Informatics, standardization and the next phase for enterprise imaging

by Lauren Dubinsky, Senior Reporter | June 10, 2019
Health IT
From the June 2019 issue of HealthCare Business News magazine

Dr. Prevedello Luciano
But that’s where things were put on hold. The IDNs had to consider how much they were willing to pay various vendors to store, distribute and display these millions of non-DICOM images, all the while not getting any reimbursement for it since they aren’t ordered procedures.

“They really can't afford to leave [the images] in coat pockets because that's a HIPAA violation but they also can't afford to pay the vendors,” said Gray. “I can understand chasing after AI because there’s the possibility of reimbursements and prestige to the medical center, but at the same time we are letting a problem go unaddressed.”

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He recommended that healthcare organizations develop a plan for how to deal with their non-DICOM images and then put a date on that plan so it doesn’t get forgotten.

Standardizing workflow
Part of getting data to play nice across different “silos” means adopting a common language to communicate it. This idea is not new in imaging, but the challenge has shifted over the decades.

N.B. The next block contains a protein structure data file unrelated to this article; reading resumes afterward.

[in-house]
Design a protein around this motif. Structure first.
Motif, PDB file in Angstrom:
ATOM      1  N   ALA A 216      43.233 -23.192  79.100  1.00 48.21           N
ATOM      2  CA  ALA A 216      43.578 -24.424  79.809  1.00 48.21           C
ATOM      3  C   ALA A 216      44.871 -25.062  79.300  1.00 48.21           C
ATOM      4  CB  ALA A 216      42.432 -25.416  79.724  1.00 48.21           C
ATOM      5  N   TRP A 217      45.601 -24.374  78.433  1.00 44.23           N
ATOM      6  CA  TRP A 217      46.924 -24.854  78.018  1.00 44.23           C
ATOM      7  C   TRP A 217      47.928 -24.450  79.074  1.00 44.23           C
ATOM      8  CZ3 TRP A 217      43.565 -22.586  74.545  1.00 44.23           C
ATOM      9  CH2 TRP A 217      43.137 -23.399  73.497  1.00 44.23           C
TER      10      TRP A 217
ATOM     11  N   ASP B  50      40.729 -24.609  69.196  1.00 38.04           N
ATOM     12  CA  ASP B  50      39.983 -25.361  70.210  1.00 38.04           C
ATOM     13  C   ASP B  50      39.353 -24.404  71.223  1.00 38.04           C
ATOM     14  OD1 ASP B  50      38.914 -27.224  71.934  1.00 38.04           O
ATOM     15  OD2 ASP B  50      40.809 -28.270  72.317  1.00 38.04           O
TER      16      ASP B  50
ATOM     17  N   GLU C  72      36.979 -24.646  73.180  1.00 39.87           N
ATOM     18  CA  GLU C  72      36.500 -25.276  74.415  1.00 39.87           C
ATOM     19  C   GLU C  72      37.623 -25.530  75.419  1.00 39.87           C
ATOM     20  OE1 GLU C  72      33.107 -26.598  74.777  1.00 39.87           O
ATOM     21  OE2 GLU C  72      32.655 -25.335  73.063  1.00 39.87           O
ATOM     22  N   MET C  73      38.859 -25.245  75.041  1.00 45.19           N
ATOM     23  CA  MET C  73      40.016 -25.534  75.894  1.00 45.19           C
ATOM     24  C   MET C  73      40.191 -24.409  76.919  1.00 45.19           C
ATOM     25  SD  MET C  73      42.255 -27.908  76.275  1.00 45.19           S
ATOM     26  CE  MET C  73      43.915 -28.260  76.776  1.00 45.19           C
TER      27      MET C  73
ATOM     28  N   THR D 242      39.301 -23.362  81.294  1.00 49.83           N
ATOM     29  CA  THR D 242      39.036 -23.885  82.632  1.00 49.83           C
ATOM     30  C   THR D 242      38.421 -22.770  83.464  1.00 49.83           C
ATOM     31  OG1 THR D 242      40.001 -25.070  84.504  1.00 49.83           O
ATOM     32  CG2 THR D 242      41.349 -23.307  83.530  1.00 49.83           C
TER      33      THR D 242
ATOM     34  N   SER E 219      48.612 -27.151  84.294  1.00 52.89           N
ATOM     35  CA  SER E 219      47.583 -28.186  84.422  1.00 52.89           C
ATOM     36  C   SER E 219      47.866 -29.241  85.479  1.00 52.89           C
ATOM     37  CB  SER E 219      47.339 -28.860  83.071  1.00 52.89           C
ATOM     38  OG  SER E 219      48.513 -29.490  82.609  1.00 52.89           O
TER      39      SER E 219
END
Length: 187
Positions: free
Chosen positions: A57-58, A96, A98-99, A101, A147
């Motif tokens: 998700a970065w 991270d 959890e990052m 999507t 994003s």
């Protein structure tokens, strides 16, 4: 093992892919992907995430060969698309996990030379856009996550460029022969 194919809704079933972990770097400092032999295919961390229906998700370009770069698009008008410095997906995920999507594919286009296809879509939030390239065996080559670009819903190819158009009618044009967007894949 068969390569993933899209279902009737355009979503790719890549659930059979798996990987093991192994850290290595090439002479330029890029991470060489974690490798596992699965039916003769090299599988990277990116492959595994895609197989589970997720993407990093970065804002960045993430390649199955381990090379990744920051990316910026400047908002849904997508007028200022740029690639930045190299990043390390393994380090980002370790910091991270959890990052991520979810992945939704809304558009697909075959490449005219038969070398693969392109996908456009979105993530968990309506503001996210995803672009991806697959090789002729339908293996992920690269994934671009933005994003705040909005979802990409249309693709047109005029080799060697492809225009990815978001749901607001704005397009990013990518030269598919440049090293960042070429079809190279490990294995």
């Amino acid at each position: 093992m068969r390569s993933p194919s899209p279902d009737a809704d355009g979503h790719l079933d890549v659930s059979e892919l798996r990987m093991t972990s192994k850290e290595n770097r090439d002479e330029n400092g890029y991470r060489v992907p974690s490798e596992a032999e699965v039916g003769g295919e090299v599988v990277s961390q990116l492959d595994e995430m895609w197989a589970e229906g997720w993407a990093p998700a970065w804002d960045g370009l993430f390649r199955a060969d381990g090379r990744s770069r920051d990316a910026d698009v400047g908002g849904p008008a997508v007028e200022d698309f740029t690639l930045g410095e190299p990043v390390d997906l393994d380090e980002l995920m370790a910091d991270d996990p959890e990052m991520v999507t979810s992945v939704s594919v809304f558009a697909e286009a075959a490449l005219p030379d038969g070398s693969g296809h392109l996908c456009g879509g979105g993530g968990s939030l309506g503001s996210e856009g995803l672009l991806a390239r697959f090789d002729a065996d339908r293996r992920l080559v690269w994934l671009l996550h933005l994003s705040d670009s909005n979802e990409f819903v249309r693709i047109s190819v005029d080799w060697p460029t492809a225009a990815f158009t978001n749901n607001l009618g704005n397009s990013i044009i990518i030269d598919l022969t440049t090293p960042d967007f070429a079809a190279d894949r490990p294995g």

“Back in the late 80s and early 90s, the thing that drove us to create DICOM was the fact that each CT and MR scanner had its own format for data,” said Dr. Bradley Erickson, associate chair in the department of radiology at Mayo Clinic. “I think the same is true now for workflow.”

Erickson is involved in developing a standard that can interoperate workflow events between PACS, RIS, scanners and the EMR, allowing clinicians to see the workflow status of the images.

The standard is called the SIIM Workflow Initiative in Medicine (SWIM) and it’s now a part of RadLex — Radiological Society of North America’s controlled body of terminology, or lexicon, for use in radiology reporting, decision support, data mining, etc.

Unfortunately, adoption of SWIM has been slow.

“If we don't have some way to orchestrate that in a standard way, we're not going to get there, and instead we’ll have companies that want to lock you into their ecosystem,” said Erickson. “Soon you will either have to support many platforms or you will have to be satisfied with the tools on one platform.”

He speculated that as AI gets more and more pervasive, it’s going to drive the need for better workflow orchestration across different systems. That will then drive the adoption of vendor-neutral terminologies for workflow.

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